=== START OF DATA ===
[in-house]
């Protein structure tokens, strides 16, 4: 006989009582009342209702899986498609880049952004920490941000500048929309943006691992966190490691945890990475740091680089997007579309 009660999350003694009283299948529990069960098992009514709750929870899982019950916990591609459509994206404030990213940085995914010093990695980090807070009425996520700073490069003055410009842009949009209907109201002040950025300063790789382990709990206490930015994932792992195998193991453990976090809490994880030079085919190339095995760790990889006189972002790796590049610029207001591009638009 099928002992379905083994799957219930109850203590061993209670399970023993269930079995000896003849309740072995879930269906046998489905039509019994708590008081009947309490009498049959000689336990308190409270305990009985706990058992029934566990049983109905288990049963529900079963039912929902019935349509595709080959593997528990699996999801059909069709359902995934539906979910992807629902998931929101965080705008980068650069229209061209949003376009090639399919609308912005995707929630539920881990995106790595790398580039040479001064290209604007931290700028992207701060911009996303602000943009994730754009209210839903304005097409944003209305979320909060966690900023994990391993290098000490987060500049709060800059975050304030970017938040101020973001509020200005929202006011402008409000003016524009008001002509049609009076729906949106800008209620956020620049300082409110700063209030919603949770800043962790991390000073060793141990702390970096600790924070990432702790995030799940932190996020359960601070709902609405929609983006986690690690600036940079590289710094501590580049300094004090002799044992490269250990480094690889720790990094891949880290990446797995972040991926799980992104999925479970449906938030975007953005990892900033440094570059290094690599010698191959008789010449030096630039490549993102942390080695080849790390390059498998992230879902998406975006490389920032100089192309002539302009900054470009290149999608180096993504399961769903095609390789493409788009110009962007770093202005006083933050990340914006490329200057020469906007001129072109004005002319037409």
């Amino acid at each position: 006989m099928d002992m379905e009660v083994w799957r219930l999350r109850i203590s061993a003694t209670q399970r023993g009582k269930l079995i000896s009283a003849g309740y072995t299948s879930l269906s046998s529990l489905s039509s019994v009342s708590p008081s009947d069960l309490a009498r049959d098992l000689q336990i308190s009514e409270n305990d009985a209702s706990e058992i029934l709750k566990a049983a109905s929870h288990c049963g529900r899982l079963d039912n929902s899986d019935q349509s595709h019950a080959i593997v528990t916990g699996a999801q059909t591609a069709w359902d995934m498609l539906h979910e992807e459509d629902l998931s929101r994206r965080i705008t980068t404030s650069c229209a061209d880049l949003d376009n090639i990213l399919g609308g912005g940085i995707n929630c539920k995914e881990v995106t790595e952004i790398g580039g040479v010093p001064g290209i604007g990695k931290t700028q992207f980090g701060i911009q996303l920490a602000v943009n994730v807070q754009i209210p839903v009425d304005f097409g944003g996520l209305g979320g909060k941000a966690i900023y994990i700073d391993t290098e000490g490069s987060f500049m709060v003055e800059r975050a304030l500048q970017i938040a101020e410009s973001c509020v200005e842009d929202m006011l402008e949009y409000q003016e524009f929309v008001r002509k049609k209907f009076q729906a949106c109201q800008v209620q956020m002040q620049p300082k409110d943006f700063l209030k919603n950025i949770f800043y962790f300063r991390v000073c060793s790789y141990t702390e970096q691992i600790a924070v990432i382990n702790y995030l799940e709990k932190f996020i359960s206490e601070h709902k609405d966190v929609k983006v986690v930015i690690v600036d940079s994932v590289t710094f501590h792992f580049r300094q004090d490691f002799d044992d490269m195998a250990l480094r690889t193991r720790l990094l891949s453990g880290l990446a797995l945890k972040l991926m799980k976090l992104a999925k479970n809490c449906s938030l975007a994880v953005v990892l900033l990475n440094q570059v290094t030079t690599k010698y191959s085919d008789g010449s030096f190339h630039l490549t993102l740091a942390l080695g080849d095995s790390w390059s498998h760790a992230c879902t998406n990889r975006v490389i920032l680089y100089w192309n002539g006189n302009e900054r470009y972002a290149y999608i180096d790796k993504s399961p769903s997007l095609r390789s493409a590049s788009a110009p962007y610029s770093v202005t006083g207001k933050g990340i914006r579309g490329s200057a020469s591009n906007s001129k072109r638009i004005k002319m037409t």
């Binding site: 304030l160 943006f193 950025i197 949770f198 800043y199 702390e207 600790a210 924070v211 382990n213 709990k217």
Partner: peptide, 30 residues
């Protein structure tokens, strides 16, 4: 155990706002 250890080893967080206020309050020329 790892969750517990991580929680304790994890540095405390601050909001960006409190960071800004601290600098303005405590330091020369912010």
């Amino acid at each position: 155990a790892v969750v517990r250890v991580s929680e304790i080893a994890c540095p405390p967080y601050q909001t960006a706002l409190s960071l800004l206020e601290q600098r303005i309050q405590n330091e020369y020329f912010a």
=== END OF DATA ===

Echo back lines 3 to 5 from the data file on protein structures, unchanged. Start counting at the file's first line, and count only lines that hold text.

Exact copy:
């Amino acid at each position: 006989m099928d002992m379905e009660v083994w799957r219930l999350r109850i203590s061993a003694t209670q399970r023993g009582k269930l079995i000896s009283a003849g309740y072995t299948s879930l269906s046998s529990l489905s039509s019994v009342s708590p008081s009947d069960l309490a009498r049959d098992l000689q336990i308190s009514e409270n305990d009985a209702s706990e058992i029934l709750k566990a049983a109905s929870h288990c049963g529900r899982l079963d039912n929902s899986d019935q349509s595709h019950a080959i593997v528990t916990g699996a999801q059909t591609a069709w359902d995934m498609l539906h979910e992807e459509d629902l998931s929101r994206r965080i705008t980068t404030s650069c229209a061209d880049l949003d376009n090639i990213l399919g609308g912005g940085i995707n929630c539920k995914e881990v995106t790595e952004i790398g580039g040479v010093p001064g290209i604007g990695k931290t700028q992207f980090g701060i911009q996303l920490a602000v943009n994730v807070q754009i209210p839903v009425d304005f097409g944003g996520l209305g979320g909060k941000a966690i900023y994990i700073d391993t290098e000490g490069s987060f500049m709060v003055e800059r975050a304030l500048q970017i938040a101020e410009s973001c509020v200005e842009d929202m006011l402008e949009y409000q003016e524009f929309v008001r002509k049609k209907f009076q729906a949106c109201q800008v209620q956020m002040q620049p300082k409110d943006f700063l209030k919603n950025i949770f800043y962790f300063r991390v000073c060793s790789y141990t702390e970096q691992i600790a924070v990432i382990n702790y995030l799940e709990k932190f996020i359960s206490e601070h709902k609405d966190v929609k983006v986690v930015i690690v600036d940079s994932v590289t710094f501590h792992f580049r300094q004090d490691f002799d044992d490269m195998a250990l480094r690889t193991r720790l990094l891949s453990g880290l990446a797995l945890k972040l991926m799980k976090l992104a999925k479970n809490c449906s938030l975007a994880v953005v990892l900033l990475n440094q570059v290094t030079t690599k010698y191959s085919d008789g010449s030096f190339h630039l490549t993102l740091a942390l080695g080849d095995s790390w390059s498998h760790a992230c879902t998406n990889r975006v490389i920032l680089y100089w192309n002539g006189n302009e900054r470009y972002a290149y999608i180096d790796k993504s399961p769903s997007l095609r390789s493409a590049s788009a110009p962007y610029s770093v202005t006083g207001k933050g990340i914006r579309g490329s200057a020469s591009n906007s001129k072109r638009i004005k002319m037409t």
């Binding site: 304030l160 943006f193 950025i197 949770f198 800043y199 702390e207 600790a210 924070v211 382990n213 709990k217």
Partner: peptide, 30 residues